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  • Jul9Mon

    Trust and Hope

    July 9, 2018 Wayne Hancock
    Filed Under:
    Wayne's ponderings

    It has been almost three months since unrest began in Nicaragua.  The violence continues with over 300 dead and 1,500 wounded.  There have been some glimmers of hope with human rights observers from the Organization of American States, and other UN observers, on the ground but these groups report that attacks continue.

    It has been a quiet few months at Skylark - too quiet.  The teams and local groups that normally use the Centre are absent.  We have not had a visitor since early May.  This means that we have a greatly reduced income to pay our staff.  While some are casual workers, others are employed to maintain and secure the property, and run the “Best Start in Christ” programs that we try to keep operational as long as teachers can safely make it to work.

    It is hard to imagine what it is like.  Here are the words of one of our employees:

    "I feel very sad, anxious and depressed about the current situation in our country; it is affecting us in many ways since we can’t go out to do what we need to do, we can’t get many things we need for the house and also to eat. Having a 5 months [old] baby represents the biggest challenge for me, because [I don’t know] what would I do if my baby gets sick and I need to take him to Hospital, for example - there are no taxis or any other means of transportation available due to the roadblocks and barricades. Food and transportation is getting more expensive and difficult to get."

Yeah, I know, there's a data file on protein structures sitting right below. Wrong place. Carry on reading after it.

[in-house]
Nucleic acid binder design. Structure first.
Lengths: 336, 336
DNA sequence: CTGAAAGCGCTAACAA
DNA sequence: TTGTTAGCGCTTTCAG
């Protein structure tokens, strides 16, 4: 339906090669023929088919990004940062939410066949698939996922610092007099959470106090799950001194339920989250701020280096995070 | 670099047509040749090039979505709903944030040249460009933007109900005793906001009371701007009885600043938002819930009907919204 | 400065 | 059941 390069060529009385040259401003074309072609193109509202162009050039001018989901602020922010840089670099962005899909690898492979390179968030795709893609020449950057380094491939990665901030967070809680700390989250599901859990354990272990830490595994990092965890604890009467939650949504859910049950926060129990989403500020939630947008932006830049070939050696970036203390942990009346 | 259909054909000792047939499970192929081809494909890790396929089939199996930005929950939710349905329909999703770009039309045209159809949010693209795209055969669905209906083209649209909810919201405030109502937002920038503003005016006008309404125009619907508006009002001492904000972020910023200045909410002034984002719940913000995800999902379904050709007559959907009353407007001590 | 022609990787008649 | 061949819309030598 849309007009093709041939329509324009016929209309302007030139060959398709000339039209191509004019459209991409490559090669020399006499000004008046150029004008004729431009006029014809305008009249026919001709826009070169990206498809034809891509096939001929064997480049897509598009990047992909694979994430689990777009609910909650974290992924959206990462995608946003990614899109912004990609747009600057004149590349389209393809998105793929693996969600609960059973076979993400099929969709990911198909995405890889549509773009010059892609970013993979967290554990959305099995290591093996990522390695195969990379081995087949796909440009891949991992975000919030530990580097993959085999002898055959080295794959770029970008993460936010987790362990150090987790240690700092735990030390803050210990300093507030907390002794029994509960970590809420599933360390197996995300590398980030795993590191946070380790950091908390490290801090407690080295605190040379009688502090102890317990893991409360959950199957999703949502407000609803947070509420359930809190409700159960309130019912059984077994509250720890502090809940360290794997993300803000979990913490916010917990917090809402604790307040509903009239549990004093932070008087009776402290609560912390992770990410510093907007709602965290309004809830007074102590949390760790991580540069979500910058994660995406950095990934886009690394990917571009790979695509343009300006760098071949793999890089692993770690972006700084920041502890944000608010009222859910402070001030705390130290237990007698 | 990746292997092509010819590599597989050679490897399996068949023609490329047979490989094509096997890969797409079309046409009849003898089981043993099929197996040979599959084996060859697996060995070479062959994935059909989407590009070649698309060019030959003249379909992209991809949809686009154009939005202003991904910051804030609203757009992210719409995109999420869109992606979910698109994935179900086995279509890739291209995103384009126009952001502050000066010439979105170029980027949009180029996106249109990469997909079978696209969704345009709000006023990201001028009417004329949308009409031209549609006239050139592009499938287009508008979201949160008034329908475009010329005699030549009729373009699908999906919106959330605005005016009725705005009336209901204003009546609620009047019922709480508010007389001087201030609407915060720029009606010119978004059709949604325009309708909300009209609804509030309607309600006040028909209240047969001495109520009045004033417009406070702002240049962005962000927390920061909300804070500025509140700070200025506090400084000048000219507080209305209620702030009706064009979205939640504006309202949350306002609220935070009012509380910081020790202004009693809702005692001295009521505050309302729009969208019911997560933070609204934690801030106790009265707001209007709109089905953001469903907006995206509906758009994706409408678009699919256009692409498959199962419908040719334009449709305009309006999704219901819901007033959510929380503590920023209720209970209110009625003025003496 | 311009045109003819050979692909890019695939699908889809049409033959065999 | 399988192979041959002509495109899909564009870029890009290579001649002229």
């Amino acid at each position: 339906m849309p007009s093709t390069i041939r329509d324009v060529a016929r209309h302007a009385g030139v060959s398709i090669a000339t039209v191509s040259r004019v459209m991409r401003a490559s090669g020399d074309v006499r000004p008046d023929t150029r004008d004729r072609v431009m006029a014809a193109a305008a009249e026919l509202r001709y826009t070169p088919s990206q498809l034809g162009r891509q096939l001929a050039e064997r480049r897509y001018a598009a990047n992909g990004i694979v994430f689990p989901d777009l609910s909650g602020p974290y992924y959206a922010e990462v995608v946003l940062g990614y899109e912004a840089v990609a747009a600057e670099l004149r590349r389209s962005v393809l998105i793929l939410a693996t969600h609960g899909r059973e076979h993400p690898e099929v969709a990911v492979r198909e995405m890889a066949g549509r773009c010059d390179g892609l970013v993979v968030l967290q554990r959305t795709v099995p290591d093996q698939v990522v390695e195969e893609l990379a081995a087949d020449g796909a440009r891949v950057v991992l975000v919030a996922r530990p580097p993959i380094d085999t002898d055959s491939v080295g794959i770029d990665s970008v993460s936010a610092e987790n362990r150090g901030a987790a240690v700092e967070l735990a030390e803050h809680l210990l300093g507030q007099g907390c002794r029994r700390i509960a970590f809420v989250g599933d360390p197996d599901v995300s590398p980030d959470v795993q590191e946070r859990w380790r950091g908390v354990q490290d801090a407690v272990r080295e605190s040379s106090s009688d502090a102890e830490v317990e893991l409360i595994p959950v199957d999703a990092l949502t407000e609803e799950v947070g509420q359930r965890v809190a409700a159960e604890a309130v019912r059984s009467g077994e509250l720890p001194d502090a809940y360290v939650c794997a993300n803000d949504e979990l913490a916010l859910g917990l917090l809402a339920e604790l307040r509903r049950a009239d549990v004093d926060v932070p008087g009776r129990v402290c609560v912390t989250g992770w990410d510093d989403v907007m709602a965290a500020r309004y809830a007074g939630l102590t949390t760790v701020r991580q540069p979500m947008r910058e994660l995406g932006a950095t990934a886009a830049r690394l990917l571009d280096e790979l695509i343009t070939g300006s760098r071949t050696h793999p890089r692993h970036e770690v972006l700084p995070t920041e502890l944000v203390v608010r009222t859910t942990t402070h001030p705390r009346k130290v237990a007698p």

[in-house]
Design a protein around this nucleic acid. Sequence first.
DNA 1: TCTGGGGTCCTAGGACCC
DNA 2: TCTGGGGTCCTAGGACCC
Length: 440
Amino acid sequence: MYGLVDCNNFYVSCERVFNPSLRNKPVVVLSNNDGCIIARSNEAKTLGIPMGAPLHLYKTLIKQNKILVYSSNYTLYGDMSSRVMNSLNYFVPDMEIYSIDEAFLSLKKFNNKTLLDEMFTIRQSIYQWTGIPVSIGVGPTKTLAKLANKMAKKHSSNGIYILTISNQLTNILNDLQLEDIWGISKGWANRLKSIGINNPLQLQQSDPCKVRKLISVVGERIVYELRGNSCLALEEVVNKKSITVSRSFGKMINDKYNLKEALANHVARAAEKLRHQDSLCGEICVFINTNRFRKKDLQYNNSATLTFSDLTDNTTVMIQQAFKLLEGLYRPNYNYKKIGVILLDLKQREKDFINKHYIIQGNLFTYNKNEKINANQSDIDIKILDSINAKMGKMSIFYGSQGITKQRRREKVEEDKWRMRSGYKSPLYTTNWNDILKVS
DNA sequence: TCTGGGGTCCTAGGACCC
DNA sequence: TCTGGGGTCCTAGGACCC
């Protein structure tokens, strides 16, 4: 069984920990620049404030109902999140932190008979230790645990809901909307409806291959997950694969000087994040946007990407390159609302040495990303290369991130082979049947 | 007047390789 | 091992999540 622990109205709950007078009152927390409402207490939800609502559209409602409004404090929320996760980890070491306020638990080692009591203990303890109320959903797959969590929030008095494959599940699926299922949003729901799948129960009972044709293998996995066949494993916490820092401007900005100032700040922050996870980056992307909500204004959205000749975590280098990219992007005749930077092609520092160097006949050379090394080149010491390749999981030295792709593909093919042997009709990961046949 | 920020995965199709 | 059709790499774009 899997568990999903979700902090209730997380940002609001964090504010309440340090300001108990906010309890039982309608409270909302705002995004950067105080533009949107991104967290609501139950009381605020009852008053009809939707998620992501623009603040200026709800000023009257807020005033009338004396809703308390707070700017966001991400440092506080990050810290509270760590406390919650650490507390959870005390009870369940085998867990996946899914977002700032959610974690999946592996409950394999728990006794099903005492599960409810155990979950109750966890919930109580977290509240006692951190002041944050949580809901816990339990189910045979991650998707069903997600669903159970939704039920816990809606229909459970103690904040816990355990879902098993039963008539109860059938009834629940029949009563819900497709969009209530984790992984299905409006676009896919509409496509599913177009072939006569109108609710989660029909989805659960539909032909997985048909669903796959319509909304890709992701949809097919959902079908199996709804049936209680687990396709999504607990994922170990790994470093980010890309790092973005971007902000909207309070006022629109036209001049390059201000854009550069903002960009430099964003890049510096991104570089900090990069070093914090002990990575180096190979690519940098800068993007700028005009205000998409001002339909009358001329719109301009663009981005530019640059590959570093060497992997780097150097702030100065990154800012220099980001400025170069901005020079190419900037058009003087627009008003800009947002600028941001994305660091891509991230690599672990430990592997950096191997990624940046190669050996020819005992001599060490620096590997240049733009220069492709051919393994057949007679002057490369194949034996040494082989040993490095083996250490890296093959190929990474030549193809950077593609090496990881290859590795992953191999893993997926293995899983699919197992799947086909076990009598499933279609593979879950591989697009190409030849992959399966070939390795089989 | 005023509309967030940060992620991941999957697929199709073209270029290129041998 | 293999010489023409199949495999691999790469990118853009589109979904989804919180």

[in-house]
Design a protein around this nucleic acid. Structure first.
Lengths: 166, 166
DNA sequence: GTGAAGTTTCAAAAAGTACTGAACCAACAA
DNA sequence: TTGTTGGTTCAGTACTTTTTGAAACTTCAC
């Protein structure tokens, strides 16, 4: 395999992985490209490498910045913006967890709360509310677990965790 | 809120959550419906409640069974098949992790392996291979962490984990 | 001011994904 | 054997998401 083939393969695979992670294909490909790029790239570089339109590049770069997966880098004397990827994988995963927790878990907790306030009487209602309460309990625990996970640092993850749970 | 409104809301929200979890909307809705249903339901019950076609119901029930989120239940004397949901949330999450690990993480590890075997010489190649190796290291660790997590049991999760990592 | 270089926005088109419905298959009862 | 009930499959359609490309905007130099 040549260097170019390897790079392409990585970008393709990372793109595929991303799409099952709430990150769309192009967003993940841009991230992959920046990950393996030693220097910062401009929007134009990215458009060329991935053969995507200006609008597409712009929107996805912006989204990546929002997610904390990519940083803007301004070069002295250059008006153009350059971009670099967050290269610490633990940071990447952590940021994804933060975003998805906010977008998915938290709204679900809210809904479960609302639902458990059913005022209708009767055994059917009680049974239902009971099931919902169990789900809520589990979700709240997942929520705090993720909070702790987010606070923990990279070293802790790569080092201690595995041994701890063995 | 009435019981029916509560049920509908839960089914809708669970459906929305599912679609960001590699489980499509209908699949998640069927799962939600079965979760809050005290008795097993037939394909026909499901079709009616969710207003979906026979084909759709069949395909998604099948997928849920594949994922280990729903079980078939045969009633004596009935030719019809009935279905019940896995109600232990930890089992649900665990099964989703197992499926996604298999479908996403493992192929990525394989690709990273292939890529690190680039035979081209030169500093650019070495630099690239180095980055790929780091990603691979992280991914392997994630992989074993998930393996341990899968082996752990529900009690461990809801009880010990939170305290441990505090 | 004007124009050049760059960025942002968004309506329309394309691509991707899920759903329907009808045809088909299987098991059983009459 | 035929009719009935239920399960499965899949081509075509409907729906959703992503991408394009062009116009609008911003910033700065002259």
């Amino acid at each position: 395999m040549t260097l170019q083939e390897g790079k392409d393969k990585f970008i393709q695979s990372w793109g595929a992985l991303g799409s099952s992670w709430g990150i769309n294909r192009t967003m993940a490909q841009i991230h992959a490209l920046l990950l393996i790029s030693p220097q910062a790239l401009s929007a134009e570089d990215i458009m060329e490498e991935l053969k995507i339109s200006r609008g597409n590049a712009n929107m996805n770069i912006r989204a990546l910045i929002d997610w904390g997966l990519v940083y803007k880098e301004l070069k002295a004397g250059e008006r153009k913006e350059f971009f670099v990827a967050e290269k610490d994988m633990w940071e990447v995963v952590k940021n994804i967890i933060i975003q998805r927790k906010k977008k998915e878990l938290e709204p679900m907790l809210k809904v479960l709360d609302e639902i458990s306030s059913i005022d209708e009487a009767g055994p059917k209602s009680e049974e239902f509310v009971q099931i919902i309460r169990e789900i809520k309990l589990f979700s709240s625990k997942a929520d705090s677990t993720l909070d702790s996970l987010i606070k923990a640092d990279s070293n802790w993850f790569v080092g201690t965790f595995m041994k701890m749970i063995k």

One of our cleaners told Mauricio that she sometimes feels that the current situation in the country is hopeless, but she also recognizes that God may turn this into a new country. Living in the community close to Skylark is a big help for her, because she does not have to face the challenge of getting to work despite the lack of transportation.

    One of our maintenance workers reports that he is a concerned about the situation in Nicaragua; his neighbours say that things are getting worse every day, but he trusts God that this will all end soon. His wife used to work at a store in Jinotepe, but because of the crisis the store ceased operations; so he is now the sole income-provider for his household.

    These are but a few of the stories that I hear regularly, despair mixed with hope, fear mixed with trust in God.  It is so hard to hear these reports while enjoying the peace and prosperity of Canada.  I am so pleased with the early response to our pleas for support.  I take comfort knowing that more and more people are praying for our staff and the communities we serve in Nicaragua.  I am also pleased that many have generously given or plan to give so that we can send needed funds to support this community in need.  Thank you and may God bless you.

    Yours faithfully,